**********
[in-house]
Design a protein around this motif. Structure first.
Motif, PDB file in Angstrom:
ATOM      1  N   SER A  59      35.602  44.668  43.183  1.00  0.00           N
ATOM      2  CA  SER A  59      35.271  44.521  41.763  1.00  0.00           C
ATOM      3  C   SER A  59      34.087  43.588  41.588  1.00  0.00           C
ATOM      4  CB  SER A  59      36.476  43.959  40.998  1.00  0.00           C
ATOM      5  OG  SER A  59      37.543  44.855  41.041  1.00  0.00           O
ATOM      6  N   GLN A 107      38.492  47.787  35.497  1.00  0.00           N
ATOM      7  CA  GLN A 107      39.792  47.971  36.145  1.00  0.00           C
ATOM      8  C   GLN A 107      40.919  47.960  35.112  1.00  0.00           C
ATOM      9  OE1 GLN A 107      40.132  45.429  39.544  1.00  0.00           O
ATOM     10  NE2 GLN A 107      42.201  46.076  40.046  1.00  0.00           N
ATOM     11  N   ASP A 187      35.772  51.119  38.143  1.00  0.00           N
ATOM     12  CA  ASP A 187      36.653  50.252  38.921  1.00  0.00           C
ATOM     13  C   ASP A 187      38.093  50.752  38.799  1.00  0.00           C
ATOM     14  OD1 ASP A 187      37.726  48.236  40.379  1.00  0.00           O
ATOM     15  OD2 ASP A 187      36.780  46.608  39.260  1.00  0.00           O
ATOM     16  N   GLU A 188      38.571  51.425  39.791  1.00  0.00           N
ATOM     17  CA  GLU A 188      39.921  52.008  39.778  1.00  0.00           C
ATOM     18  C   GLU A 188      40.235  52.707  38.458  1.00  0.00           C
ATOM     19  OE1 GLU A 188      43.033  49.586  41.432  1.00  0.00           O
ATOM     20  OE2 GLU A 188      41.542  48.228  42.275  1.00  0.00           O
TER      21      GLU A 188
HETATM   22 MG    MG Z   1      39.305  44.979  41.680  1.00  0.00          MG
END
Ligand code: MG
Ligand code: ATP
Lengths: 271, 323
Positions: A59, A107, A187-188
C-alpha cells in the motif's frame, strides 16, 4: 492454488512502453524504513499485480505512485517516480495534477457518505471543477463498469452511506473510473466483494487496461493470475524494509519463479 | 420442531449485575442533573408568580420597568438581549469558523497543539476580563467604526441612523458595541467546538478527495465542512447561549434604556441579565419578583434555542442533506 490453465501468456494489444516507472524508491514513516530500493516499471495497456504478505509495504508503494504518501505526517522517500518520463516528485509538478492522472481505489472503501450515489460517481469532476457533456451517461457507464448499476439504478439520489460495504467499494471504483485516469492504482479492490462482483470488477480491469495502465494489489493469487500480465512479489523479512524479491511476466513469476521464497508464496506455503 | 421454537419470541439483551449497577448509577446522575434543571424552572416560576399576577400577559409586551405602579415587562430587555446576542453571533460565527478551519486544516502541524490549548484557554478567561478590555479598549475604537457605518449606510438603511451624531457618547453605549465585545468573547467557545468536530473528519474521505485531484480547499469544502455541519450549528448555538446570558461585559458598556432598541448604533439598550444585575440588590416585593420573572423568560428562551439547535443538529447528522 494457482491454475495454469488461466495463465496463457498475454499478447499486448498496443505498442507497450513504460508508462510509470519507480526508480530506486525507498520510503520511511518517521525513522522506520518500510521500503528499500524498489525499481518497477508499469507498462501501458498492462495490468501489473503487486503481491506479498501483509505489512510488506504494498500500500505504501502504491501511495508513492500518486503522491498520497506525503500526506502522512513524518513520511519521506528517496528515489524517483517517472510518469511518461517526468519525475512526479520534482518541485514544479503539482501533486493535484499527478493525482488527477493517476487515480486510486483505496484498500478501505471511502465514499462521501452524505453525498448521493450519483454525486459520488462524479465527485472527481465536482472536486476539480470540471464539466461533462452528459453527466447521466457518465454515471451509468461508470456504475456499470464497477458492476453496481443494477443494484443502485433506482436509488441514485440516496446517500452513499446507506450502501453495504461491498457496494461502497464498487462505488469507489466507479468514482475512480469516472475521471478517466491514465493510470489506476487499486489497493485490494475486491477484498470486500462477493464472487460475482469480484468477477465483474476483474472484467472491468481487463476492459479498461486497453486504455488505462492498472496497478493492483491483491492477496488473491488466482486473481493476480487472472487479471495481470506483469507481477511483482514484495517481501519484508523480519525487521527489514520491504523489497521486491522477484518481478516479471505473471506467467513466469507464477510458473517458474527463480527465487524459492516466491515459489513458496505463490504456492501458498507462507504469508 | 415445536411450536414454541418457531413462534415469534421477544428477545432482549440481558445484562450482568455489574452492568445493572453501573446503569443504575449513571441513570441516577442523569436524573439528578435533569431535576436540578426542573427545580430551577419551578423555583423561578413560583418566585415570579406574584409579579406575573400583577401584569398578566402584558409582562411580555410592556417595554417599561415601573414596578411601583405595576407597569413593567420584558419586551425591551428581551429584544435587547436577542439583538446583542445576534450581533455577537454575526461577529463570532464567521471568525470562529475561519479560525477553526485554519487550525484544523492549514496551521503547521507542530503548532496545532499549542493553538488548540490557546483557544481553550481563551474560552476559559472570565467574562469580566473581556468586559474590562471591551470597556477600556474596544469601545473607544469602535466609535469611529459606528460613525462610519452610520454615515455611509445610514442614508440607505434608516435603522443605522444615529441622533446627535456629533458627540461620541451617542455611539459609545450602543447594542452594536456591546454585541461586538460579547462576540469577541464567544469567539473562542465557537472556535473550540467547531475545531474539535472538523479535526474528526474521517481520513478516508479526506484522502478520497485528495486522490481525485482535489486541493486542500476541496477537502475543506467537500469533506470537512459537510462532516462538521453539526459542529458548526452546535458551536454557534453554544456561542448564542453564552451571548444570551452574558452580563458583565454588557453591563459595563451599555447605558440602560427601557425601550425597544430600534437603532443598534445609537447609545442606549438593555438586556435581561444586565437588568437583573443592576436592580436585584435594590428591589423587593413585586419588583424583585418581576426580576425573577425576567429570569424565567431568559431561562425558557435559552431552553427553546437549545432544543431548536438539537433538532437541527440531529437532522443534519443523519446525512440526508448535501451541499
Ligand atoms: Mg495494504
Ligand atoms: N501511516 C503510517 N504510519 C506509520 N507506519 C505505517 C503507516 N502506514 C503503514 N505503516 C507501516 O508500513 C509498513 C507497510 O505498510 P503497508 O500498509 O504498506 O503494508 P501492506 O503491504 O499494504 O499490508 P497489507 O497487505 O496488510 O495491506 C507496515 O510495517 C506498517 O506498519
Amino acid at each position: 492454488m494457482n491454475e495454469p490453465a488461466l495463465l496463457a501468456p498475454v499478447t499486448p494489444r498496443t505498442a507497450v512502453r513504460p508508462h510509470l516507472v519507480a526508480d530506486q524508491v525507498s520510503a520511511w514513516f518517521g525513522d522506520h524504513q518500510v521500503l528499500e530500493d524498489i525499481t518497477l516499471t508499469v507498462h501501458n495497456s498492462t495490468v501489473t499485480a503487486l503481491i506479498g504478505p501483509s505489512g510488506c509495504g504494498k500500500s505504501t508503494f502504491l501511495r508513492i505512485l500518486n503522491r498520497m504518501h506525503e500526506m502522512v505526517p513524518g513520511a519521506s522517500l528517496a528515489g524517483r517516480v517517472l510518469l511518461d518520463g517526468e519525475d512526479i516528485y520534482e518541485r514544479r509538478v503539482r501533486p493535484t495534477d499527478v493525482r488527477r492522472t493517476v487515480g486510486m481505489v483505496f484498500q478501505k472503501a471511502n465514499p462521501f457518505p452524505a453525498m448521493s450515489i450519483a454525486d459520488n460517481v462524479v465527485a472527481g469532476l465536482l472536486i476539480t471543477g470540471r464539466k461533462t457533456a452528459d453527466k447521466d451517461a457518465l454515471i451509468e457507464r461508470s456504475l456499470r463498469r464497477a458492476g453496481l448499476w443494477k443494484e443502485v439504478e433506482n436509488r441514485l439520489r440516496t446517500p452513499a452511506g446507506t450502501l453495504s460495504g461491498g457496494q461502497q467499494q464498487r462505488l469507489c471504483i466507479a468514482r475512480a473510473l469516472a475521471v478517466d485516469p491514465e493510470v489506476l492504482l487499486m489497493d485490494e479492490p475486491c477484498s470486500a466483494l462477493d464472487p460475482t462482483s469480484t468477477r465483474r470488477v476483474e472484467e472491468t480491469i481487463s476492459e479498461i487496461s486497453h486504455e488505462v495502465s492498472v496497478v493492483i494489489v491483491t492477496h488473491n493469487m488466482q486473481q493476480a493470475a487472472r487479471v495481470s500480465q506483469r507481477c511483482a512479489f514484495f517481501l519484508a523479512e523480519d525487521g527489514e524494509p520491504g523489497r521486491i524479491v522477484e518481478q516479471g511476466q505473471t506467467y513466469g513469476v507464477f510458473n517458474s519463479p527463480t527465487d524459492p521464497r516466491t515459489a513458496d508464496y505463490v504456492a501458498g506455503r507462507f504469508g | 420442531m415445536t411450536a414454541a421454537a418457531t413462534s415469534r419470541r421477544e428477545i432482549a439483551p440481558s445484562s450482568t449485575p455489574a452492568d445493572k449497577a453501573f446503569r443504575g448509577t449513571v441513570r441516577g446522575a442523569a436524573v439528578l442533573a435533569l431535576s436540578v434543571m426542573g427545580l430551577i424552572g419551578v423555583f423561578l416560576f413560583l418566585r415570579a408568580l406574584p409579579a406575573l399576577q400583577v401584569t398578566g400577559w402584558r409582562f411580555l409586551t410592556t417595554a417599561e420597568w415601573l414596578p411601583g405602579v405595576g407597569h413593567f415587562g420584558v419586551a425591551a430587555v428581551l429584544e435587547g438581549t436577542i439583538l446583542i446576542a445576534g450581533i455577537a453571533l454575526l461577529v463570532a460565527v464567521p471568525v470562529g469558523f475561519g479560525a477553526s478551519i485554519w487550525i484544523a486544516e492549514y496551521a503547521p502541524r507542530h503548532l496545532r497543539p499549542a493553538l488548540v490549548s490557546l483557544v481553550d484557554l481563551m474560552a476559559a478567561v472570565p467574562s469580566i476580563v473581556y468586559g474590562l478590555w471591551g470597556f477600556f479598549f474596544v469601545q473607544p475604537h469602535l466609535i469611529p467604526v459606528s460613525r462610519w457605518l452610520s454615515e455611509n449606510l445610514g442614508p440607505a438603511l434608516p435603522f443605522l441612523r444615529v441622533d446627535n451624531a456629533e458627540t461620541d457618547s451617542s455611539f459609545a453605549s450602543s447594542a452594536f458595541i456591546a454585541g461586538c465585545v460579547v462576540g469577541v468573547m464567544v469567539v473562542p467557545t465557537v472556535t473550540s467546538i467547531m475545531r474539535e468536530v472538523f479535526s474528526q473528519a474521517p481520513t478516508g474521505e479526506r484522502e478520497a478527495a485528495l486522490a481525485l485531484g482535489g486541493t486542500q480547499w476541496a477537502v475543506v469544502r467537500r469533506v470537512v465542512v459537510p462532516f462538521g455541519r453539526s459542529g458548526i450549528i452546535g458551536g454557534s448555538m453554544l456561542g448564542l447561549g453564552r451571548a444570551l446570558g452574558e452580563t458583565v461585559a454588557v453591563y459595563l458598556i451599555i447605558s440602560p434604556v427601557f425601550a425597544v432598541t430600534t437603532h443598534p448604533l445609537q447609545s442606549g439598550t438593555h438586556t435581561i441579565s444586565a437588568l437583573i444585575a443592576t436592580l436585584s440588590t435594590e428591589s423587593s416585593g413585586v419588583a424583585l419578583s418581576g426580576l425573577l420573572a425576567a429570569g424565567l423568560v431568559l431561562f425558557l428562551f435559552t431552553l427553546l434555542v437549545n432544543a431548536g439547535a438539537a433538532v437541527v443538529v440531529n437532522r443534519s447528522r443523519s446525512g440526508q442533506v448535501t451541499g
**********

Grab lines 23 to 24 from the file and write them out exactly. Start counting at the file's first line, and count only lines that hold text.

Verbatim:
ATOM     20  OE2 GLU A 188      41.542  48.228  42.275  1.00  0.00           O
TER      21      GLU A 188